|M.Sc Student||Wing Dahvyd|
|Subject||Selection and Optimization of Transparent Conducting|
Oxides for Electrodes in Polymer Solar Cells
|Department||Department of Nanoscience and Nanotechnology||Supervisors||PROF. Nir Tessler|
|PROF. Avner Rothschild|
|Full Thesis text|
Organic photovoltaic (OPV) cells made from nanoscale phase separated blends of conjugated polymers and fullerenes have received much attention due to their ability to be produced by inexpensive, large area manufacturing techniques on flexible substrates. Power conversion efficiencies greater than 10% have been achieved by OPV cells, but there is room for improvement with regards to the cells' voltages.
Metal oxide interlayers are increasingly being used in OPV cells because they can improve open circuit voltages and fill factors. One way they can cause these improvements is by blocking charge carriers of the wrong type from entering an electrode, reducing leakage currents/surface recombination. At present few efficient hole blocking layers are known. Incidentally, numerous material requirements for these layers greatly reduce the number of candidate metal oxides. In this thesis, I present work on using pulsed laser deposited strontium titanate doped n-type with niobium (SrTiO3:Nb) as a hole blocking layer in OPV cells.
I deposited SrTiO3:Nb on various substrates, optimizing the deposition temperature and oxygen partial pressure, and the thickness deposited, in order to achieve electrodes with good transparency and electrical conductivity, and low surface roughness. The role of SrTiO3:Nb cathodes/interlayers in OPV cells was studied by using my samples as the bottom contacts in bulk heterojunction solar cells consisting of poly(3-hexylthiophene) (P3HT), and [6,6]-phenyl-C61 butyric acid methyl ester (PCBM), a model OPV system. OPV cells which had SrTiO3:Nb interlayers performed significantly better than cells without them, though it is unclear whether this is because SrTiO????3:Nb is a hole blocking layer or not. Unexpectedly, changes in the solar cells’ efficiencies due to different SrTiO3:Nb deposition conditions were overshadowed by a dramatic improvement in power conversion efficiency from 1.5x10-3% to 0.5% when these OPV cells remained under illumination for several hours (known as light soaking).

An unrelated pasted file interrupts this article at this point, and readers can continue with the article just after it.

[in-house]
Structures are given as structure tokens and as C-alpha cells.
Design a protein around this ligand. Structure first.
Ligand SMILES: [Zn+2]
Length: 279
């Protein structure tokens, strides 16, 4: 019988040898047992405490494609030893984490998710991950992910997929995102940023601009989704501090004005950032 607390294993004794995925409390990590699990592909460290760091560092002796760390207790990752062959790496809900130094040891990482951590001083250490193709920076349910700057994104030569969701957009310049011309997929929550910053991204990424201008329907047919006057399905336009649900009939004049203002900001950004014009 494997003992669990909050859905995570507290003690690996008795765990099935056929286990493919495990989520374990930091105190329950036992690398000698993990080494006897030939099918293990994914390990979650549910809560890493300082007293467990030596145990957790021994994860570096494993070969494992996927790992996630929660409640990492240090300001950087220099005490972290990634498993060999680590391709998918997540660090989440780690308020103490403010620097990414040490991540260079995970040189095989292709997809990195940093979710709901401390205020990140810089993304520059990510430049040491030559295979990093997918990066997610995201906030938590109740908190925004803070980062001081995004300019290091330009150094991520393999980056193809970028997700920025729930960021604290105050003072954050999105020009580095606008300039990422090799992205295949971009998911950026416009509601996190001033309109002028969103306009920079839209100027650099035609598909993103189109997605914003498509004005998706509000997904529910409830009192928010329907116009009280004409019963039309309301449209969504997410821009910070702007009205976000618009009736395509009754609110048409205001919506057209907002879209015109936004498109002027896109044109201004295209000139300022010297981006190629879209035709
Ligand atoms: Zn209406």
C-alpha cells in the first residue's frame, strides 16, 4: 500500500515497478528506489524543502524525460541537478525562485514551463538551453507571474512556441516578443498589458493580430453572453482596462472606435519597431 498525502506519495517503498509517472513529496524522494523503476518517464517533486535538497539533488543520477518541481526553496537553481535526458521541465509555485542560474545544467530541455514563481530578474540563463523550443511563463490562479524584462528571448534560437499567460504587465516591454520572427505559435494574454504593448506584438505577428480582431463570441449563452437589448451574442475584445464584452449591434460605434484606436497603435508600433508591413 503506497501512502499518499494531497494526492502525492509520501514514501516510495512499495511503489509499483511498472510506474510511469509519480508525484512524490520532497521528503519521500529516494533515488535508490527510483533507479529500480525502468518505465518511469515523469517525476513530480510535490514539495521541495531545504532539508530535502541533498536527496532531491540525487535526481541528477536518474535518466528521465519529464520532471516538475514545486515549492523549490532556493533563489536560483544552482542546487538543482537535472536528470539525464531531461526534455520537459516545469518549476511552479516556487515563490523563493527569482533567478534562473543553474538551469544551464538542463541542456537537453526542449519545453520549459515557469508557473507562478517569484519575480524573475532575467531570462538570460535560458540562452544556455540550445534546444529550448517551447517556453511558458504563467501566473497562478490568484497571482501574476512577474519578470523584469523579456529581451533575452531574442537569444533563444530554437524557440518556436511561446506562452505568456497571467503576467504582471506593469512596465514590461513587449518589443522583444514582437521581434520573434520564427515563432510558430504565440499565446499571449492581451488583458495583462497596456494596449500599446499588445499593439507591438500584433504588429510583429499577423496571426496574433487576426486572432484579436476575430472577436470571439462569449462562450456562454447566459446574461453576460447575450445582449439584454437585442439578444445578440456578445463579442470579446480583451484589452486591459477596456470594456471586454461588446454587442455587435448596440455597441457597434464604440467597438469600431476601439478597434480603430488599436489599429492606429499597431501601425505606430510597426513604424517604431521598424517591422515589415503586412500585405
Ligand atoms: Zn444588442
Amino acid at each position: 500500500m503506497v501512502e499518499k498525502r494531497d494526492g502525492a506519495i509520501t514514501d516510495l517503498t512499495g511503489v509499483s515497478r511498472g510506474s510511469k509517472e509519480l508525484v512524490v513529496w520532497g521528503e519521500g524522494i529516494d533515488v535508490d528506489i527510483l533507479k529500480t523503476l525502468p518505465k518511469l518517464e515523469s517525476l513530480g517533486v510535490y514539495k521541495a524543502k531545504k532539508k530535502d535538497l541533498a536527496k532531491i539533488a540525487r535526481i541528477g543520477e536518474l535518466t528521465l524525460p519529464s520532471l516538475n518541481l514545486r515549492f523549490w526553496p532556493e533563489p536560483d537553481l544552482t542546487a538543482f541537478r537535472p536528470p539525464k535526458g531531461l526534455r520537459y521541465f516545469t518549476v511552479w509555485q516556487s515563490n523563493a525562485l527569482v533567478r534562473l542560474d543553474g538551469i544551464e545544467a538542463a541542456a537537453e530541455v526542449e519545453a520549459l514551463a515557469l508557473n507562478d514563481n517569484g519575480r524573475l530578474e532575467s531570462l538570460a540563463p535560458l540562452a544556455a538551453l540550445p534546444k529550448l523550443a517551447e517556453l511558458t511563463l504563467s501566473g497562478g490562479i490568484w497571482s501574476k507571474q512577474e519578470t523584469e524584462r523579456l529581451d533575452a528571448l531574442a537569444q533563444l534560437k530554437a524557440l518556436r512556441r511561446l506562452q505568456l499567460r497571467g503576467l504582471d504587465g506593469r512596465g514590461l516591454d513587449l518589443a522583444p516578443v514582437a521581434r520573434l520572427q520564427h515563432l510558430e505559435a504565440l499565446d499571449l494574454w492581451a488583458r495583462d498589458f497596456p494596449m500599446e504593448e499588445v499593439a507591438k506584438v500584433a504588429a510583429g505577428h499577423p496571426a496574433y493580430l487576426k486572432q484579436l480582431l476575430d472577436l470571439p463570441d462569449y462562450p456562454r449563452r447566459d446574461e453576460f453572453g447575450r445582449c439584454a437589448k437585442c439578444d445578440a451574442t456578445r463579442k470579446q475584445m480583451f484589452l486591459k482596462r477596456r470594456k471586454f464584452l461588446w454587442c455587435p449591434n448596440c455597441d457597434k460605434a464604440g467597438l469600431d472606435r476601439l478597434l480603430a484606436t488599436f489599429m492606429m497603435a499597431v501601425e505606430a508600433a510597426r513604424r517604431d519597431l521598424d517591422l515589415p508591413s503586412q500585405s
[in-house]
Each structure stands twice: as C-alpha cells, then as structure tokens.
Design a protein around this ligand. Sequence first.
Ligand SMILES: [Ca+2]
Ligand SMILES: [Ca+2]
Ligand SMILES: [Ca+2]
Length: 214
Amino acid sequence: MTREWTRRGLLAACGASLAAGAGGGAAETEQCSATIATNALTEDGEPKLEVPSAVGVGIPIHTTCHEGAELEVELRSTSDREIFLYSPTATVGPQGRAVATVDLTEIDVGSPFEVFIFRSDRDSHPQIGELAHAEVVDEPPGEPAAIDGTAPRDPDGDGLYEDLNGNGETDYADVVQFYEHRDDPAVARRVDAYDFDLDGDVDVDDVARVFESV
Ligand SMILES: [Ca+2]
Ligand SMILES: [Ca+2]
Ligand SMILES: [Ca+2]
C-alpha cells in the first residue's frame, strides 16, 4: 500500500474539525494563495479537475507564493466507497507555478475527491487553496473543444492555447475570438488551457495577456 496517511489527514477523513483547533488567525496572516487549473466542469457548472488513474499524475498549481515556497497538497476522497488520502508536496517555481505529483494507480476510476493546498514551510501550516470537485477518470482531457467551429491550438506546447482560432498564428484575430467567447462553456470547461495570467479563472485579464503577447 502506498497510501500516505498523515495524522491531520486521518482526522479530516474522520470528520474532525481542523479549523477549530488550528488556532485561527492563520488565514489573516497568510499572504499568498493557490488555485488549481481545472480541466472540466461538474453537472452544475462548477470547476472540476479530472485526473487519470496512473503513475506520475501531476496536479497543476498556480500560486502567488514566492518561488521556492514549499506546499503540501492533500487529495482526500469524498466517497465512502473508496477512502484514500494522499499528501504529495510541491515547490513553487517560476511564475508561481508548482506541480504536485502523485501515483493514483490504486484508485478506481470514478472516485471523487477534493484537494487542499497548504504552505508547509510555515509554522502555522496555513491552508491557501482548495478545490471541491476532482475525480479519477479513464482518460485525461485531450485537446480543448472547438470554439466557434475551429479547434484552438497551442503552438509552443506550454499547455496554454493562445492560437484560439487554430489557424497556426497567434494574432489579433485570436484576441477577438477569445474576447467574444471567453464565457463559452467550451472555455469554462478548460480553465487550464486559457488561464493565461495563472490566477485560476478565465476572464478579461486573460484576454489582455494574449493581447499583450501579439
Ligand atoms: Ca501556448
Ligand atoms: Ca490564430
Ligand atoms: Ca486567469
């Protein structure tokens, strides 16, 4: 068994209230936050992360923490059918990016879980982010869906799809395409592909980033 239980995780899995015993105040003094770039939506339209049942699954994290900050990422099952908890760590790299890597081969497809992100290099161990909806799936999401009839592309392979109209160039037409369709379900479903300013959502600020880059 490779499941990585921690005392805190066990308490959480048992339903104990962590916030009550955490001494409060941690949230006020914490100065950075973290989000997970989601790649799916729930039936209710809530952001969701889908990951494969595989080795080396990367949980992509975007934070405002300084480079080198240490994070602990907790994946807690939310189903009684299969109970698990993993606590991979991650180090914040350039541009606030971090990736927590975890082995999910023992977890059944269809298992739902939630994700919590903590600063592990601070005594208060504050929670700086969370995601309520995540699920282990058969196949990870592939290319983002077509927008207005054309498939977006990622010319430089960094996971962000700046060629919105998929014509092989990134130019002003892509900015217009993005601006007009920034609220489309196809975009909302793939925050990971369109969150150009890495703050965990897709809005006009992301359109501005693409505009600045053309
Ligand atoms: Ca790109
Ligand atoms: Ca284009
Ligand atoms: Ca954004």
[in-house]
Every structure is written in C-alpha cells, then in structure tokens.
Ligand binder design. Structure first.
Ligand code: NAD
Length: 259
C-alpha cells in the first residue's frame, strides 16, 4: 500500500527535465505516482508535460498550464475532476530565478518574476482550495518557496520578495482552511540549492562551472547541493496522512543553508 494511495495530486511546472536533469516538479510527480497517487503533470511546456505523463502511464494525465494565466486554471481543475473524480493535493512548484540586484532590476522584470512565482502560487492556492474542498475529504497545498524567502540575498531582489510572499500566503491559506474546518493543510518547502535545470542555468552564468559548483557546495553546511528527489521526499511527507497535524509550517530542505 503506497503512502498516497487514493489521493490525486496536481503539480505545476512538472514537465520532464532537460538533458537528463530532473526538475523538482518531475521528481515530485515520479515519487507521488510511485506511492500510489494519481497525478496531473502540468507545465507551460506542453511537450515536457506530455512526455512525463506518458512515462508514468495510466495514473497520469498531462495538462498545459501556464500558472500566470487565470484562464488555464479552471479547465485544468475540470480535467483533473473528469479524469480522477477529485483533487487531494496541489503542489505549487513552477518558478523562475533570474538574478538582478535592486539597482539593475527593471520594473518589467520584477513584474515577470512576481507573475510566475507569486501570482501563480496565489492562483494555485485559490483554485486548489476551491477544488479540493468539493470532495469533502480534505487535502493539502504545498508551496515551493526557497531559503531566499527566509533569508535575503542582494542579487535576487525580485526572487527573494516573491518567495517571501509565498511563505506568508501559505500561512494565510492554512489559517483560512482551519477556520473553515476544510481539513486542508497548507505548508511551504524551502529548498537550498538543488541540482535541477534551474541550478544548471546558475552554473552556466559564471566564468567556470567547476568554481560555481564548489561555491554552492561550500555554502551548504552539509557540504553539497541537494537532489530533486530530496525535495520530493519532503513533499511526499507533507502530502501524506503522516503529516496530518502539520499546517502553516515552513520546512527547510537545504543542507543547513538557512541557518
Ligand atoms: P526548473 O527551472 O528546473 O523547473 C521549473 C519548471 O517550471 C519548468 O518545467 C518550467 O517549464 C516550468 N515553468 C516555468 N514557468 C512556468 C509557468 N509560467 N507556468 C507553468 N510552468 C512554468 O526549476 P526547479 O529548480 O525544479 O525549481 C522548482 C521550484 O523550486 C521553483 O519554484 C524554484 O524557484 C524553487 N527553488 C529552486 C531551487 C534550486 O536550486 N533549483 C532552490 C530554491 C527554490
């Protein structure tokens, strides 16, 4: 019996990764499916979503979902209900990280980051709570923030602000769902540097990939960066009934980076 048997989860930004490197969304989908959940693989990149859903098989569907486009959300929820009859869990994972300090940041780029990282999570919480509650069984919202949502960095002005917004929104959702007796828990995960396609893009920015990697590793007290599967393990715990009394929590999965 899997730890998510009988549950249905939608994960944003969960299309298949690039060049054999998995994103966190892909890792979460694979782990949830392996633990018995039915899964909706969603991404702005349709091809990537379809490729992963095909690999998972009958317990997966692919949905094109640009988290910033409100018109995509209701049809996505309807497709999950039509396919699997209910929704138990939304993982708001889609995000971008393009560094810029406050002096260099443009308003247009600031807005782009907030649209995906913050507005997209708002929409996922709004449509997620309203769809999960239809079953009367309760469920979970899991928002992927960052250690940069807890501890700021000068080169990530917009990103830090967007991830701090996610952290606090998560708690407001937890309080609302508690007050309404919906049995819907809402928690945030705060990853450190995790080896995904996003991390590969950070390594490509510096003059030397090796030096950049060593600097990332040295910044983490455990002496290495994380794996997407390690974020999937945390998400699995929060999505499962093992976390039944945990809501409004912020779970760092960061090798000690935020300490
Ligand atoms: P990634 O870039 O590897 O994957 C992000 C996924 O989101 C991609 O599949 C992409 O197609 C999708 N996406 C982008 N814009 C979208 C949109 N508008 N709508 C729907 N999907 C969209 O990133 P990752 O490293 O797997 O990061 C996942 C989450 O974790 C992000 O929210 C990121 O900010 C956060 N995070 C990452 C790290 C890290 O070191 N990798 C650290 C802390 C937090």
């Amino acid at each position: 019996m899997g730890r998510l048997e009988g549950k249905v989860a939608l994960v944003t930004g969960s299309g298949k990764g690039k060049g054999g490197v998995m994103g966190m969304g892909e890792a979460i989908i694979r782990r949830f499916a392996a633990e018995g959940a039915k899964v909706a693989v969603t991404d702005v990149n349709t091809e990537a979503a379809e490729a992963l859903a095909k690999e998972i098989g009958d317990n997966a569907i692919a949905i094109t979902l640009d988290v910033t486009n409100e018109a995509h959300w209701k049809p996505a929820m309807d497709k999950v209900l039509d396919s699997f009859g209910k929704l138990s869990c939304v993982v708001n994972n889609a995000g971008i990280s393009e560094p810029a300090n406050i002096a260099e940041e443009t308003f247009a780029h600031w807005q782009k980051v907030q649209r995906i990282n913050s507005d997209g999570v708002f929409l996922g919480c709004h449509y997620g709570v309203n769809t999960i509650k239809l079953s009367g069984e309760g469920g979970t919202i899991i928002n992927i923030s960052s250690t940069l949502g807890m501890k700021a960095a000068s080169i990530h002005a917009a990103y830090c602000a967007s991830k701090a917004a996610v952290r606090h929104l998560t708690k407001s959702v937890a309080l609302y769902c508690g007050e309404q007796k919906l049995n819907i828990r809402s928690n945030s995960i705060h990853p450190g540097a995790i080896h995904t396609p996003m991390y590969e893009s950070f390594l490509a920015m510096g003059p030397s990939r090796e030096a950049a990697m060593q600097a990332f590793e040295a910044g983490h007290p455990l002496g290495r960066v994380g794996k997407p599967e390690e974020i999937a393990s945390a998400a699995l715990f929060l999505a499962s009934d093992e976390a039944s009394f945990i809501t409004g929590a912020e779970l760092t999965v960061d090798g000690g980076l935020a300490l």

To investigate this light soaking effect, I constructed a series of single carrier metal-insulator-metal devices using either P3HT or PCBM and appropriately chosen contact materials. This made it possible to measure how SrTiO3:Nb affected hole transport and electron transport separately. Current-voltage measurements of the devices before and after light soaking were analyzed using dielectric conduction theory, including the effect of a built-in field. This analysis shows that the reason for the enhanced device efficiency is a rise in SrTiO3:Nb's Fermi energy level and a possible mechanism for the shift in SrTiO3:Nb’s Fermi energy level is suggested. Important considerations in selecting electrode materials for OPV devices are abstracted from this work.